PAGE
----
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From Ugo Cei <...@apache.org>
Subject Supporting "conditional GET" in Cocoon
Date Tue, 27 Dec 2005 11:05:54 GMT
Given the time of year, I'm afraid this message will fall on deaf  
ears, but anyway ...

I was recently startled to discover that there's apparently no easy  
way to perform a proper "conditional GET" [1] using Cocoon's sources.  
I wonder: didn't anybody ever try to implement an RSS aggregator or  
other kind of HTTP client that frequently requests seldom changing  
Web resources? And if someone did, didn't he care about blindly  
fetching the whole resource every time, even if not necessary?

Anyway, I just needed this and tried to see what could be done. And  
of course, I wanted to exploit Cocoon's caching mechanism to store  
the contents of already fetched resources. This turned out to be  
harder than expected, due in part to the way checking the validity of  
sources works, but mostly to my own ignorance of the subject.

First of all, I though that the best place to implement this behavior  
was in a Source object. This seems to me to be the correct choice,  
but it has one potentially negative side-effect. More on this later.

I also decided to exploit the SourceValidity interface. After all,  
it's there for this very purpose. Unfortunately, this is where things  
turned out to be not so simple. To understand why, here is a  
description of how my first attempt worked:

1. A generator requests an HTTP resource.
2. A suitable factory provides a new instance of class HttpSource.
3. The new Source's getInputStream method is called: this uses  
Jakarta Commons HttpClient to fetch the requested URL.
4. The new Source's getValidity method is called: this returns a new  
HttpSourceValidity object containing the values from the Last- 
modified and Etag response headers, if present.
5. The same HTTP resource is requested again.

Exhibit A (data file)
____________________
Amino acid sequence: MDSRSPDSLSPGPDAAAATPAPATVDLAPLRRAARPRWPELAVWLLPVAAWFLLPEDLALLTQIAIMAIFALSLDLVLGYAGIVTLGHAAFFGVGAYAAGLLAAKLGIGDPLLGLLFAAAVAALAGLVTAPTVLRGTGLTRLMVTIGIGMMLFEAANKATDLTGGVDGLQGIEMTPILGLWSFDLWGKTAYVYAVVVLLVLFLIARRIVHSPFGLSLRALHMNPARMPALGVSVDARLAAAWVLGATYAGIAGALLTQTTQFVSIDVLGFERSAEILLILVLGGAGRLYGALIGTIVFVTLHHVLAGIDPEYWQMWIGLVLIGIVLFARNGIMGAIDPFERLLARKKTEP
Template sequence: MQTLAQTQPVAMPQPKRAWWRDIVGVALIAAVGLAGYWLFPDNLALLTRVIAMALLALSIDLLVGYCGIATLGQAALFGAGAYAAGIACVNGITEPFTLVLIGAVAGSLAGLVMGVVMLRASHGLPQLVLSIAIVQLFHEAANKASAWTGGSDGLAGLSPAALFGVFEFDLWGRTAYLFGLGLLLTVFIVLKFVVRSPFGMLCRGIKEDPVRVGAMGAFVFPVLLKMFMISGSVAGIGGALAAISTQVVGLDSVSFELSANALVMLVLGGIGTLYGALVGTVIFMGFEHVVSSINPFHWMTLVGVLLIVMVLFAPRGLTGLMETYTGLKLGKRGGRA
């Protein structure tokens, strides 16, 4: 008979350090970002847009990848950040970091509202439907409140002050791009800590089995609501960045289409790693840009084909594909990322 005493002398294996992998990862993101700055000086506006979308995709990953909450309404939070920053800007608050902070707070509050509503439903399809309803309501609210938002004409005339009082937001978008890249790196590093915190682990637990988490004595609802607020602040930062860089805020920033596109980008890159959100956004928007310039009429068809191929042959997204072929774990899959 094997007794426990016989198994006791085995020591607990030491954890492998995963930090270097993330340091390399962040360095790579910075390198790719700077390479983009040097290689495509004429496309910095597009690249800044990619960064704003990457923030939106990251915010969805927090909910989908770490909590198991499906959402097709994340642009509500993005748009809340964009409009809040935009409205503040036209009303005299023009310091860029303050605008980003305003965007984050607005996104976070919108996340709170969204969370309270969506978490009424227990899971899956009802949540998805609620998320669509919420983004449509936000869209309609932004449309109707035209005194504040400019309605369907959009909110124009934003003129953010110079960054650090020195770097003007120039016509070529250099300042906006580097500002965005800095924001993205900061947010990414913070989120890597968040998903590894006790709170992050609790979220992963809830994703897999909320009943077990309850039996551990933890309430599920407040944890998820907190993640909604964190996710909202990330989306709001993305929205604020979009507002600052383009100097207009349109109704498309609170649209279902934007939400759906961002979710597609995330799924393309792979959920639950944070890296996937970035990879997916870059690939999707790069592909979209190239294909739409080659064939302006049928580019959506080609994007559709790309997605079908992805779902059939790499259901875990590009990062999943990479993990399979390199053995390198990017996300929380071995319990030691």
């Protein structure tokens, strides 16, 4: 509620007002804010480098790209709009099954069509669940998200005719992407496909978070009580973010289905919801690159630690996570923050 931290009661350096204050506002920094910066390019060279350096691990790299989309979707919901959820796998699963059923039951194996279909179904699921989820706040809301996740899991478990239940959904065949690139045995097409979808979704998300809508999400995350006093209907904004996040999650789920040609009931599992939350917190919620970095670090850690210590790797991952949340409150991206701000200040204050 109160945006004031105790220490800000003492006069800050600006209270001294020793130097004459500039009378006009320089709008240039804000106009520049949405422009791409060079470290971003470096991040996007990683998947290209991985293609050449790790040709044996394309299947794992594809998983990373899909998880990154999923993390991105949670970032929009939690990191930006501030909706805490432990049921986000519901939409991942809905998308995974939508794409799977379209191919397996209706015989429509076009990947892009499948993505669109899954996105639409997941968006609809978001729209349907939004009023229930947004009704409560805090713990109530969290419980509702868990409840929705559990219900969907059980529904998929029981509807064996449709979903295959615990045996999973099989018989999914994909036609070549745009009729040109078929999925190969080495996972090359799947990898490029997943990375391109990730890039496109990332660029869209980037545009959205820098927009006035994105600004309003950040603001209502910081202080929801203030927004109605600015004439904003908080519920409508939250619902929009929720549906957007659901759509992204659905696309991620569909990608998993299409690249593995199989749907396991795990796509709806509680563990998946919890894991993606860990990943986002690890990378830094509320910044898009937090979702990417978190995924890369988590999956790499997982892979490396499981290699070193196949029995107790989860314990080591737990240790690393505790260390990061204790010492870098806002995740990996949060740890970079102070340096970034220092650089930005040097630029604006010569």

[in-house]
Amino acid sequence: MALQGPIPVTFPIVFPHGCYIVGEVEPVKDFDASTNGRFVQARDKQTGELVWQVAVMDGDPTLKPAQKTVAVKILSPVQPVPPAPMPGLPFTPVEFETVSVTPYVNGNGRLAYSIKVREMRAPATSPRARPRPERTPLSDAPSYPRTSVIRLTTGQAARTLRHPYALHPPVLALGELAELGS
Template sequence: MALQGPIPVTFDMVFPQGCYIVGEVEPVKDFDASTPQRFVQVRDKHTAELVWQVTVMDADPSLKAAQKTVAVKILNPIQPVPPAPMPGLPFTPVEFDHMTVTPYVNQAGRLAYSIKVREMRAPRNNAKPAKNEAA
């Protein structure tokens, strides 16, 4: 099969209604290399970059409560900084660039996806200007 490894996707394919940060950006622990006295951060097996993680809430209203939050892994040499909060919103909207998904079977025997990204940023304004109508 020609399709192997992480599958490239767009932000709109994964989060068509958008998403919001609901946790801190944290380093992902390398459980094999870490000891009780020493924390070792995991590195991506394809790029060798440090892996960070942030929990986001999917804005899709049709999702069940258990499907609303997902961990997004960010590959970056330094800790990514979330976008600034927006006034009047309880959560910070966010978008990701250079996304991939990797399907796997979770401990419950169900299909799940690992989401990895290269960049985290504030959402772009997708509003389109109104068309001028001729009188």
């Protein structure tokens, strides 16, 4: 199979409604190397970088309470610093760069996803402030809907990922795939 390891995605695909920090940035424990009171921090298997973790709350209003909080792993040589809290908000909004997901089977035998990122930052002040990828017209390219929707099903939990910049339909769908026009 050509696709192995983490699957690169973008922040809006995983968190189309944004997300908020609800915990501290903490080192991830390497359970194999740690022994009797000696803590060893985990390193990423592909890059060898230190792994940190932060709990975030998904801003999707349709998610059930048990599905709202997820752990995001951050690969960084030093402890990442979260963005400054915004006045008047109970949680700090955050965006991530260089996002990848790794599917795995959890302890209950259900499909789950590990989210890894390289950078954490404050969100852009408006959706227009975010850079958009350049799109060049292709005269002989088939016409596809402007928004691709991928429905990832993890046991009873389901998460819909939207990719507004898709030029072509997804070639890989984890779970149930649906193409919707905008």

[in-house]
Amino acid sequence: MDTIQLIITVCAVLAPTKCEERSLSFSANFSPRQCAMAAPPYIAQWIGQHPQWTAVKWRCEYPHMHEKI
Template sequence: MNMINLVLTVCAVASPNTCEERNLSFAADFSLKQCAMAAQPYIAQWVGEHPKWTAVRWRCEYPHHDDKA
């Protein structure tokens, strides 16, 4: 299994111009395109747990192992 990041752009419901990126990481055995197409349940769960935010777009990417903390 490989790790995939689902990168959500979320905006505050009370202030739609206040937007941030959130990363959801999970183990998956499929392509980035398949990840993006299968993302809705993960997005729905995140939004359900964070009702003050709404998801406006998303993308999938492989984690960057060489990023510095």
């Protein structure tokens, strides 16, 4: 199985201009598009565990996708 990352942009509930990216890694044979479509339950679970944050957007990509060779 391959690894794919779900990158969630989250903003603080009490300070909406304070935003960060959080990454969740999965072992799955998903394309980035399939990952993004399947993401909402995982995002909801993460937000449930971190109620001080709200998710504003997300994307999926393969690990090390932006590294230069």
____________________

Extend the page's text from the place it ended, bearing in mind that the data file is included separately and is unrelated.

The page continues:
6. The SourceValidity object associated with the previous request is  
recovered and it's isValid method is called.
7. The HttpSourceValidity implementation of the method uses the  
stored Last-modified and Etag values to perform a proper conditional  
GET. Here, two things might happen:

8a. A "304 Not Modified" status is returned. isValid returns VALID  
and Cocoon uses the cached version. Everybody is happy.

8b. A "200 OK" status is returned, as the original resource has  
perhaps been modified. isValid returns INVALID and Cocoon calls the  
Source's getInputStream method anew. Everybody is NOT happy, because  
the original resource has been fetched twice: once by the  
SourceValidity and once by the Source itself.

You see, the problem is that there's no easy way for the  
SourceValidity to tell Cocoon that it should reuse what has just been  
retrieved.

I could have used a HEAD request in the SourceValidity. This would  
have saved some bandwidth but still the server would have had to  
compute the response twice, if not particularly smart. And still,  
doing two HTTP requests when one suffices does not seem quite optimal.

So I thought really hard about the problem and came up with a  
(hopefully) brilliant solution: Use a ThreadLocal. The  
HttpSourceValidity will store in a ThreadLocal the response data  
(actually an instance of HttpClient's GetMethod class) and the  
HttpSource will use it later, in the same request and hence in the  
same thread, to provide an InputStream for reading.

I've provided a patch for this (see http://issues.apache.org/jira/ 
browse/COCOON-1726) against the 2.1 branch. Please have a look at it  
(particularly the FIXME comments) as I would like some expert advice  
on the implementation before finalizing it.

One problem that might arise is due to the fact that with the  
cocoon.xconf settings included in the patch, all "http" URIs will be  
served by this Source, overriding the default handling by Excalibur's  
URLSource. This could change the behavior of existing applications,  
but it would strike me as strange having to use some other pseudo- 
protocol (cached-http ?).

	Ugo

[1] http://fishbowl.pastiche.org/2002/10/21/ 
http_conditional_get_for_rss_hackers

-- 
Ugo Cei
Tech Blog: http://agylen.com/
Open Source Zone: http://oszone.org/
Wine & Food Blog: http://www.divinocibo.it/



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